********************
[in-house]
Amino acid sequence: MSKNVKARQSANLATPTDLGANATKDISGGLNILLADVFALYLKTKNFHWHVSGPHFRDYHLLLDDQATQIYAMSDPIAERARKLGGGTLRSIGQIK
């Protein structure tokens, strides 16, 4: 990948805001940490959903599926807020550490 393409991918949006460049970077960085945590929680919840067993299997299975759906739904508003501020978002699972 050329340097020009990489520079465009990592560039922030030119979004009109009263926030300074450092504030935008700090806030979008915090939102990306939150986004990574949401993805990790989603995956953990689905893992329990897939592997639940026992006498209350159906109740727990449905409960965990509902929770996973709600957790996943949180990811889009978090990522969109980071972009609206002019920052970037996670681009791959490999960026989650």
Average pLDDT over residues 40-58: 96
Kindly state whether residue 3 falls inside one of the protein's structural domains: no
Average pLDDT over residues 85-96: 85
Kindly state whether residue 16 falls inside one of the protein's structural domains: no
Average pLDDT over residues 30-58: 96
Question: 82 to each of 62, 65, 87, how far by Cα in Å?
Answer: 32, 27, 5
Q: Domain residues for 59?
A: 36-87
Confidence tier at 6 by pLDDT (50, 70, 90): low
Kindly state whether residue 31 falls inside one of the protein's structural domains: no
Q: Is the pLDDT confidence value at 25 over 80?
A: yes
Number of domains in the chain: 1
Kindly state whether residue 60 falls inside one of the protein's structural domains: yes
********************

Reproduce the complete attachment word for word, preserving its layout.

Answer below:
[in-house]
Amino acid sequence: MSKNVKARQSANLATPTDLGANATKDISGGLNILLADVFALYLKTKNFHWHVSGPHFRDYHLLLDDQATQIYAMSDPIAERARKLGGGTLRSIGQIK
């Protein structure tokens, strides 16, 4: 990948805001940490959903599926807020550490 393409991918949006460049970077960085945590929680919840067993299997299975759906739904508003501020978002699972 050329340097020009990489520079465009990592560039922030030119979004009109009263926030300074450092504030935008700090806030979008915090939102990306939150986004990574949401993805990790989603995956953990689905893992329990897939592997639940026992006498209350159906109740727990449905409960965990509902929770996973709600957790996943949180990811889009978090990522969109980071972009609206002019920052970037996670681009791959490999960026989650």
Average pLDDT over residues 40-58: 96
Kindly state whether residue 3 falls inside one of the protein's structural domains: no
Average pLDDT over residues 85-96: 85
Kindly state whether residue 16 falls inside one of the protein's structural domains: no
Average pLDDT over residues 30-58: 96
Question: 82 to each of 62, 65, 87, how far by Cα in Å?
Answer: 32, 27, 5
Q: Domain residues for 59?
A: 36-87
Confidence tier at 6 by pLDDT (50, 70, 90): low
Kindly state whether residue 31 falls inside one of the protein's structural domains: no
Q: Is the pLDDT confidence value at 25 over 80?
A: yes
Number of domains in the chain: 1
Kindly state whether residue 60 falls inside one of the protein's structural domains: yes